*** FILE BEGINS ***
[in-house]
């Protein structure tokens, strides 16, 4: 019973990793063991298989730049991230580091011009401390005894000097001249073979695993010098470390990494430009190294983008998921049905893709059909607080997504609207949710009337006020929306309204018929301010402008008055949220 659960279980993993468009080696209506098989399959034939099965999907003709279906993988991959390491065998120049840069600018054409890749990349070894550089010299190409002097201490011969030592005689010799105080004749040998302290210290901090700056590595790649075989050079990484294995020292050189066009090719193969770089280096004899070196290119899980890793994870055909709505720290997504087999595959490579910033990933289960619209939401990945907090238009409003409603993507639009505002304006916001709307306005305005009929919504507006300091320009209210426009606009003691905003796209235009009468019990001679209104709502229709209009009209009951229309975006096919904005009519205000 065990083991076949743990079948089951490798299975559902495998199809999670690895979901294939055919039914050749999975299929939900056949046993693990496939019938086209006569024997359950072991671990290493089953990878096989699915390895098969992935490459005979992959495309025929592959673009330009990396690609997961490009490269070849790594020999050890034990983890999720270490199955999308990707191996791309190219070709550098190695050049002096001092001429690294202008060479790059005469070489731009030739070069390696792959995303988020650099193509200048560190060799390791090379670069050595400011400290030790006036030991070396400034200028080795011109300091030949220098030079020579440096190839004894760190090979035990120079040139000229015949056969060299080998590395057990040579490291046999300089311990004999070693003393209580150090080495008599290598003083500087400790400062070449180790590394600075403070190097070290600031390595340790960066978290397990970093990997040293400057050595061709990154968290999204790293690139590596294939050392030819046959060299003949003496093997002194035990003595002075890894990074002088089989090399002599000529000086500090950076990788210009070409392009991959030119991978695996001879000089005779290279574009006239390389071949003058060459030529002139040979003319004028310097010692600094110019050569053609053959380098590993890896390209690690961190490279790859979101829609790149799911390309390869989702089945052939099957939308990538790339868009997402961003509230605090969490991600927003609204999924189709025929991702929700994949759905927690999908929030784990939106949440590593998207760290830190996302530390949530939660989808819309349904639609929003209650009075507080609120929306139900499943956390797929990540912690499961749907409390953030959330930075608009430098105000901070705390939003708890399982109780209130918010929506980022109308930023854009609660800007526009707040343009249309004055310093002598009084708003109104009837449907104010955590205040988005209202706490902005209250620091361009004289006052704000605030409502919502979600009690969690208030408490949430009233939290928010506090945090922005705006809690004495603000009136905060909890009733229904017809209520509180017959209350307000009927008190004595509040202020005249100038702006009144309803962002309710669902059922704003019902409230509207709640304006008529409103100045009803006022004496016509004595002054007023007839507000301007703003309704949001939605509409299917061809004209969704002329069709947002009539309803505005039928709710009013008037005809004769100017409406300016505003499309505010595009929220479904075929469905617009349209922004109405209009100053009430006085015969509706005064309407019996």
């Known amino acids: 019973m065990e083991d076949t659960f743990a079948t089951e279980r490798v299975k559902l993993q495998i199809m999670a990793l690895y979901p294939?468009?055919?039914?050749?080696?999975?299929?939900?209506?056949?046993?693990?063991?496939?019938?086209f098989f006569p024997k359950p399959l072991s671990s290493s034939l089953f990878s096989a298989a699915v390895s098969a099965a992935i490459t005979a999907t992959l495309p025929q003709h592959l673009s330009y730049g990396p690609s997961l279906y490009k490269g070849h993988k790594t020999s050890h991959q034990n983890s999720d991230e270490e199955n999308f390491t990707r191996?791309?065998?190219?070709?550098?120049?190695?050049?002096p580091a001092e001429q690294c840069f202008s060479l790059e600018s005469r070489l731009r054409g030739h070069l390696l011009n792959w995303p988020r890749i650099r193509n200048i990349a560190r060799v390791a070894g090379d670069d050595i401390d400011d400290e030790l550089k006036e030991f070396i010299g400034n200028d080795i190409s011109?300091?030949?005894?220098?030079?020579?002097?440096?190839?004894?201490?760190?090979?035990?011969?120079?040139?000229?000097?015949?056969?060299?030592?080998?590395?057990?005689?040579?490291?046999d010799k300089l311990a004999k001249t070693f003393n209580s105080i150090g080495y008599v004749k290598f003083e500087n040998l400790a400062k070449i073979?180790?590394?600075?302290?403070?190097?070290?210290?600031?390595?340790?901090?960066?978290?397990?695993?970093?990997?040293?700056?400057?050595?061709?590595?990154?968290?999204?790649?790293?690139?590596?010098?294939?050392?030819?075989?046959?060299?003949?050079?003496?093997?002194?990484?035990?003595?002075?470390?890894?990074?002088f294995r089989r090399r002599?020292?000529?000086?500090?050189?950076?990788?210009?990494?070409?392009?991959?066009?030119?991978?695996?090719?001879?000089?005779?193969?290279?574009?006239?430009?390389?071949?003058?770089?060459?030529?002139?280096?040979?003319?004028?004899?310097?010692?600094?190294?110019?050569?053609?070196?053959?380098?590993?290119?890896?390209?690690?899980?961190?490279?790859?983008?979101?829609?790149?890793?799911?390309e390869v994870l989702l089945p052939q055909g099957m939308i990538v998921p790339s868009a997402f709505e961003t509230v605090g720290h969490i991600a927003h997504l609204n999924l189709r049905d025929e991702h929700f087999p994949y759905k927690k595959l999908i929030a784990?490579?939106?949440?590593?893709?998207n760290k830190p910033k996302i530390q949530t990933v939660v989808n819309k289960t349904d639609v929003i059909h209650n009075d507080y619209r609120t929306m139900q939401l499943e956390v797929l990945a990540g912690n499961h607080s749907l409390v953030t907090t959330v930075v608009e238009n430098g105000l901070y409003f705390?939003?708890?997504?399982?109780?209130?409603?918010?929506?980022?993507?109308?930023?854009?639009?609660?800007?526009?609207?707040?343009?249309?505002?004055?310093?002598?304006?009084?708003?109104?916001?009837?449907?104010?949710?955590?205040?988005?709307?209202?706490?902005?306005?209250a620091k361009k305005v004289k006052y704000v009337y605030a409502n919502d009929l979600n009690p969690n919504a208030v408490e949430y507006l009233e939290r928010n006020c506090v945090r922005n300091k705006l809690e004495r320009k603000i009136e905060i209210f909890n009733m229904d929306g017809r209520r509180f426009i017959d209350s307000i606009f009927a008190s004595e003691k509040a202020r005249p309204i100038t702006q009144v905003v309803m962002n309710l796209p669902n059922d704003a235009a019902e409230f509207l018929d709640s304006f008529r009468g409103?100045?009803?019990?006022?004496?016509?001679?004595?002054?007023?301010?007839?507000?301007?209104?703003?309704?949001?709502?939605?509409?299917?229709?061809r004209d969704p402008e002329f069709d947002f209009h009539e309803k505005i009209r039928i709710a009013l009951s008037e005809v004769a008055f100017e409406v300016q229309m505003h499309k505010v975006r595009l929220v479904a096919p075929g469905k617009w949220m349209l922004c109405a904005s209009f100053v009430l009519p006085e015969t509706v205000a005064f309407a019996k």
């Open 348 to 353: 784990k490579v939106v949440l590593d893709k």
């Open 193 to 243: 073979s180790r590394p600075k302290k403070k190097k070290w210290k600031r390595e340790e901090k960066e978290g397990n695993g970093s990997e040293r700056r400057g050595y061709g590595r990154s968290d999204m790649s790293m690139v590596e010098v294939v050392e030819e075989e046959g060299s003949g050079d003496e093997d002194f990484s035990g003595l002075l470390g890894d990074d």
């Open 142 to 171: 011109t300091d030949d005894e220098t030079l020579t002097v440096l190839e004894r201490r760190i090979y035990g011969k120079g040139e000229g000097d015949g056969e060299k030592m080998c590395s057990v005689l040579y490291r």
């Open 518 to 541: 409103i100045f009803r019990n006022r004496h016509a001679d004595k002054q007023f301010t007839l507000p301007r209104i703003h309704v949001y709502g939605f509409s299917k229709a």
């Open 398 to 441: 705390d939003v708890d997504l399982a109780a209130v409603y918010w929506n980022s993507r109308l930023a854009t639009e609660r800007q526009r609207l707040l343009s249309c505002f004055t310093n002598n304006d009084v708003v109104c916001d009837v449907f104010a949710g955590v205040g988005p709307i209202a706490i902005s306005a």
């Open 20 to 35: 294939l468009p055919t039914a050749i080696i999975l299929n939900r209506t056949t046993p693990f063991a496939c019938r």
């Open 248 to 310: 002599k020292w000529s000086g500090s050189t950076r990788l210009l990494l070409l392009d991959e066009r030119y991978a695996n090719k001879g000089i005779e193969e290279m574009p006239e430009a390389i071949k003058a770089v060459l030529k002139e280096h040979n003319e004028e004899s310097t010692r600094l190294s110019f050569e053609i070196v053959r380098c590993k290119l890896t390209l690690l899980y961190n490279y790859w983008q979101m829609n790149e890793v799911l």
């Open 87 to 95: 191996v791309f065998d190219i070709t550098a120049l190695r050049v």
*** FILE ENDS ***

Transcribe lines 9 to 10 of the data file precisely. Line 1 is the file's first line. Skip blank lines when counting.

């Open 20 to 35: 294939l468009p055919t039914a050749i080696i999975l299929n939900r209506t056949t046993p693990f063991a496939c019938r």
């Open 248 to 310: 002599k020292w000529s000086g500090s050189t950076r990788l210009l990494l070409l392009d991959e066009r030119y991978a695996n090719k001879g000089i005779e193969e290279m574009p006239e430009a390389i071949k003058a770089v060459l030529k002139e280096h040979n003319e004028e004899s310097t010692r600094l190294s110019f050569e053609i070196v053959r380098c590993k290119l890896t390209l690690l899980y961190n490279y790859w983008q979101m829609n790149e890793v799911l």